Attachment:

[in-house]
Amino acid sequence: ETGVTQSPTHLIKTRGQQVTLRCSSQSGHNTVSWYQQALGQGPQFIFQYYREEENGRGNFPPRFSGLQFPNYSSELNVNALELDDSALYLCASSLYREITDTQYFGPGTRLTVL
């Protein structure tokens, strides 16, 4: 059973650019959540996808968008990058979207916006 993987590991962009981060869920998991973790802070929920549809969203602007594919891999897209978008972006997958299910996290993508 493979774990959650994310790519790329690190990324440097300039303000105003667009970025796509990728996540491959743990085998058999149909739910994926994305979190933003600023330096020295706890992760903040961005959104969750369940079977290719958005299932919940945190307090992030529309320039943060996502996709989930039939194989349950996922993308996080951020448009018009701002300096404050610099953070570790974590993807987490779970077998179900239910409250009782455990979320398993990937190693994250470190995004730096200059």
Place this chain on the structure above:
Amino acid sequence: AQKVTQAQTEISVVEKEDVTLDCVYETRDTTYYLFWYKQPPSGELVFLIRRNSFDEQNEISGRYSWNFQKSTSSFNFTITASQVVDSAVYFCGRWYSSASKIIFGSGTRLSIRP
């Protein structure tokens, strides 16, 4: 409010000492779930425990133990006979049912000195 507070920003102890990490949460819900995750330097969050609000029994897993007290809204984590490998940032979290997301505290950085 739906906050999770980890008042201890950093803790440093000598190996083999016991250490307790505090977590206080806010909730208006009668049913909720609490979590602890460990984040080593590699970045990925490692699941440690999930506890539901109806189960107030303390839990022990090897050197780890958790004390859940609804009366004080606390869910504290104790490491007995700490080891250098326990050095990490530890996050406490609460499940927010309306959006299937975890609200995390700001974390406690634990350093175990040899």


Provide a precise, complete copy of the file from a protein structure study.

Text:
[in-house]
Amino acid sequence: ETGVTQSPTHLIKTRGQQVTLRCSSQSGHNTVSWYQQALGQGPQFIFQYYREEENGRGNFPPRFSGLQFPNYSSELNVNALELDDSALYLCASSLYREITDTQYFGPGTRLTVL
């Protein structure tokens, strides 16, 4: 059973650019959540996808968008990058979207916006 993987590991962009981060869920998991973790802070929920549809969203602007594919891999897209978008972006997958299910996290993508 493979774990959650994310790519790329690190990324440097300039303000105003667009970025796509990728996540491959743990085998058999149909739910994926994305979190933003600023330096020295706890992760903040961005959104969750369940079977290719958005299932919940945190307090992030529309320039943060996502996709989930039939194989349950996922993308996080951020448009018009701002300096404050610099953070570790974590993807987490779970077998179900239910409250009782455990979320398993990937190693994250470190995004730096200059």
Place this chain on the structure above:
Amino acid sequence: AQKVTQAQTEISVVEKEDVTLDCVYETRDTTYYLFWYKQPPSGELVFLIRRNSFDEQNEISGRYSWNFQKSTSSFNFTITASQVVDSAVYFCGRWYSSASKIIFGSGTRLSIRP
């Protein structure tokens, strides 16, 4: 409010000492779930425990133990006979049912000195 507070920003102890990490949460819900995750330097969050609000029994897993007290809204984590490998940032979290997301505290950085 739906906050999770980890008042201890950093803790440093000598190996083999016991250490307790505090977590206080806010909730208006009668049913909720609490979590602890460990984040080593590699970045990925490692699941440690999930506890539901109806189960107030303390839990022990090897050197780890958790004390859940609804009366004080606390869910504290104790490491007995700490080891250098326990050095990490530890996050406490609460499940927010309306959006299937975890609200995390700001974390406690634990350093175990040899």